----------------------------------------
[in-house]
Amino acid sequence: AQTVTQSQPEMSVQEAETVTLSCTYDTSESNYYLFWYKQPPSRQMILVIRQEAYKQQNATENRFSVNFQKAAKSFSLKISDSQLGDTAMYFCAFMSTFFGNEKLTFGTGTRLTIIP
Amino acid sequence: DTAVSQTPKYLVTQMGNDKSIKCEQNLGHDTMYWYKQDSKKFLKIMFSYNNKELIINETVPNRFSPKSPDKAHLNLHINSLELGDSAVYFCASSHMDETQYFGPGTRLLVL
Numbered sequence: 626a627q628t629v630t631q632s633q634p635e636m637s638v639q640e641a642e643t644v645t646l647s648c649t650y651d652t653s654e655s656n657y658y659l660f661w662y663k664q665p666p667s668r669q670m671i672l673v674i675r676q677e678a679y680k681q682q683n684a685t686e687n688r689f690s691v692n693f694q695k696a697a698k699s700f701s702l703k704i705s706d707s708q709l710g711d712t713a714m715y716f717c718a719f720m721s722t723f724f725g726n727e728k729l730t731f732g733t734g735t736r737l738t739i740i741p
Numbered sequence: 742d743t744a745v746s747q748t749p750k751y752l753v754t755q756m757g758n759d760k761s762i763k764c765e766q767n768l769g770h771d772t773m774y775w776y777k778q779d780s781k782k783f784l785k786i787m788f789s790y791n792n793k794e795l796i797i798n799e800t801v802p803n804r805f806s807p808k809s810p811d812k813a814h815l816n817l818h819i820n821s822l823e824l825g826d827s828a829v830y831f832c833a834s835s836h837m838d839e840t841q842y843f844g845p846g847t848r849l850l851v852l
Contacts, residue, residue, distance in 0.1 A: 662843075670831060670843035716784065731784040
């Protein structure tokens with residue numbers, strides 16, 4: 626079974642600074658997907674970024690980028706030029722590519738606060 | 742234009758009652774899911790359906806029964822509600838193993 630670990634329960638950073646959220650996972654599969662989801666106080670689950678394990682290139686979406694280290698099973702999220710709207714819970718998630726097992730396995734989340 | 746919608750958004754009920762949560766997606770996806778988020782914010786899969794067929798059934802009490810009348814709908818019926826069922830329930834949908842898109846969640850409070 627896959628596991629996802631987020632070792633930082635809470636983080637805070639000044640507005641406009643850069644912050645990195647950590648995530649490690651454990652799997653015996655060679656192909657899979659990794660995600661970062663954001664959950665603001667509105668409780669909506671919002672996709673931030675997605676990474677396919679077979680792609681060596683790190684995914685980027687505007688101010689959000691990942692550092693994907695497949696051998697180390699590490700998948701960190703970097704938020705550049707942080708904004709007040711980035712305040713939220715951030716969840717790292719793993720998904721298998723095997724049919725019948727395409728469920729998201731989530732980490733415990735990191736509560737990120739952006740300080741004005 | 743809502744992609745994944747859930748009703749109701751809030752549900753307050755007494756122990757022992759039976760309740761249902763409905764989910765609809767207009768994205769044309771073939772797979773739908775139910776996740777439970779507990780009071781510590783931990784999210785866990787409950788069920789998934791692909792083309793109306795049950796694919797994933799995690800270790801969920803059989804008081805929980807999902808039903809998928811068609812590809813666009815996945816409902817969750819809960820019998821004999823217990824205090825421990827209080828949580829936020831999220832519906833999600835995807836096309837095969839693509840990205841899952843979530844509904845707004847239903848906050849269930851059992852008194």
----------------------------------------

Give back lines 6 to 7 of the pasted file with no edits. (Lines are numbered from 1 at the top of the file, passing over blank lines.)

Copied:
Contacts, residue, residue, distance in 0.1 A: 662843075670831060670843035716784065731784040
């Protein structure tokens with residue numbers, strides 16, 4: 626079974642600074658997907674970024690980028706030029722590519738606060 | 742234009758009652774899911790359906806029964822509600838193993 630670990634329960638950073646959220650996972654599969662989801666106080670689950678394990682290139686979406694280290698099973702999220710709207714819970718998630726097992730396995734989340 | 746919608750958004754009920762949560766997606770996806778988020782914010786899969794067929798059934802009490810009348814709908818019926826069922830329930834949908842898109846969640850409070 627896959628596991629996802631987020632070792633930082635809470636983080637805070639000044640507005641406009643850069644912050645990195647950590648995530649490690651454990652799997653015996655060679656192909657899979659990794660995600661970062663954001664959950665603001667509105668409780669909506671919002672996709673931030675997605676990474677396919679077979680792609681060596683790190684995914685980027687505007688101010689959000691990942692550092693994907695497949696051998697180390699590490700998948701960190703970097704938020705550049707942080708904004709007040711980035712305040713939220715951030716969840717790292719793993720998904721298998723095997724049919725019948727395409728469920729998201731989530732980490733415990735990191736509560737990120739952006740300080741004005 | 743809502744992609745994944747859930748009703749109701751809030752549900753307050755007494756122990757022992759039976760309740761249902763409905764989910765609809767207009768994205769044309771073939772797979773739908775139910776996740777439970779507990780009071781510590783931990784999210785866990787409950788069920789998934791692909792083309793109306795049950796694919797994933799995690800270790801969920803059989804008081805929980807999902808039903809998928811068609812590809813666009815996945816409902817969750819809960820019998821004999823217990824205090825421990827209080828949580829936020831999220832519906833999600835995807836096309837095969839693509840990205841899952843979530844509904845707004847239903848906050849269930851059992852008194």